Appl Clin Inform 2019; 10(04): 655-669
DOI: 10.1055/s-0039-1695791
Research Article
Georg Thieme Verlag KG Stuttgart · New York

Interactive NLP in Clinical Care: Identifying Incidental Findings in Radiology Reports

Gaurav Trivedi
1   Intelligent Systems Program, University of Pittsburgh, Pittsburgh, Pennsylvania, United States
Esmaeel R. Dadashzadeh
2   Department of Surgery and Biomedical Informatics, University of Pittsburgh, Pittsburgh, Pennsylvania, United States
Robert M. Handzel
3   Department of Surgery, University of Pittsburgh, Pittsburgh, Pennsylvania, United States
Wendy W. Chapman
4   Department of Biomedical Informatics, University of Utah, Salt Lake City, Utah, United States
Shyam Visweswaran
1   Intelligent Systems Program, University of Pittsburgh, Pittsburgh, Pennsylvania, United States
5   Department of Biomedical Informatics, University of Pittsburgh, Pittsburgh, Pennsylvania, United States
Harry Hochheiser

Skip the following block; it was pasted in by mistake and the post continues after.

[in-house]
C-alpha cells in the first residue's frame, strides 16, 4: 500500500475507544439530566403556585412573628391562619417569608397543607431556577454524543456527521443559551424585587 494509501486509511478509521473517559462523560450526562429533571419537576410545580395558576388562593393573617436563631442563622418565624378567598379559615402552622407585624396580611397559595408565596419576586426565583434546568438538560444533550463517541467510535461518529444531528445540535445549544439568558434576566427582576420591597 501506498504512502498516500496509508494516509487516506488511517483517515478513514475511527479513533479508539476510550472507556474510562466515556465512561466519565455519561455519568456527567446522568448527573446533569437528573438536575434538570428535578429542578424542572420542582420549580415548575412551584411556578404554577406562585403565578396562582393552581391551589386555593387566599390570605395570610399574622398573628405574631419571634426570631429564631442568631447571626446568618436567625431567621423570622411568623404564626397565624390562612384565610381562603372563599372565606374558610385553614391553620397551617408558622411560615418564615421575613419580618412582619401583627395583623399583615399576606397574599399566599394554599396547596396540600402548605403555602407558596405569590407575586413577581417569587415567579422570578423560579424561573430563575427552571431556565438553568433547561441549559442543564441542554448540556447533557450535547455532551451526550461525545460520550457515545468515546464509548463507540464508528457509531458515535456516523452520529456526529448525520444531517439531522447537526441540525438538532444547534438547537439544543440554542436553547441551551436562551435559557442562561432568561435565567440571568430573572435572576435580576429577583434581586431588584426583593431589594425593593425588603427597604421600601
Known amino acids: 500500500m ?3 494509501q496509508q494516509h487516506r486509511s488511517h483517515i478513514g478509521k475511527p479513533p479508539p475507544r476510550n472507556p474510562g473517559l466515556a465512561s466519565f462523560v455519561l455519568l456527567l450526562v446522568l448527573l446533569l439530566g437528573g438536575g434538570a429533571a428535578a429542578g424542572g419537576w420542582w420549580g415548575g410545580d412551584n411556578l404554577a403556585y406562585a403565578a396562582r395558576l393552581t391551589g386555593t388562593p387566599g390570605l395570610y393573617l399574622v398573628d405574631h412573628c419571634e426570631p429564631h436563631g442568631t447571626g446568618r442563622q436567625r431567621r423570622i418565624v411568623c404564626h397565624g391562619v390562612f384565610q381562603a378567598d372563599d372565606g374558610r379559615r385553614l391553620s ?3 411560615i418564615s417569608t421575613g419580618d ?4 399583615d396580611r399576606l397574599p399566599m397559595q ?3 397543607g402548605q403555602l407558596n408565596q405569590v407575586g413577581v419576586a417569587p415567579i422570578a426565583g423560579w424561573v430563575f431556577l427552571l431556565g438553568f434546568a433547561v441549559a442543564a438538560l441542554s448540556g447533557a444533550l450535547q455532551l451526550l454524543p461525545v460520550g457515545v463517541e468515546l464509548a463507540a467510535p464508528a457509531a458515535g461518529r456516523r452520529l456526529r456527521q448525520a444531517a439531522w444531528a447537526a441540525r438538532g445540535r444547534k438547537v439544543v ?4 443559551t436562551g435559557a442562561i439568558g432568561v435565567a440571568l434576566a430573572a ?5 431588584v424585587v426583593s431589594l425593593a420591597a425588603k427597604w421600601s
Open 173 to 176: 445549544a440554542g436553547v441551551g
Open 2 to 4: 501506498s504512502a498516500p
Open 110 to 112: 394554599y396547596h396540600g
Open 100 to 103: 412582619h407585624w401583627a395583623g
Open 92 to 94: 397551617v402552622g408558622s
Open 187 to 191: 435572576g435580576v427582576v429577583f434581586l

1   Intelligent Systems Program, University of Pittsburgh, Pittsburgh, Pennsylvania, United States
5   Department of Biomedical Informatics, University of Pittsburgh, Pittsburgh, Pennsylvania, United States
› Author Affiliations
Funding The research reported in this publication was supported by the National Library of Medicine of the National Institutes of Health under award number R01LM012095 and a Provost’s Fellowship in Intelligent Systems at the University of Pittsburgh (awarded to G.T.). The content of the paper is solely the responsibility of the authors and does not necessarily represent the official views of the National Institutes of Health or the University of Pittsburgh.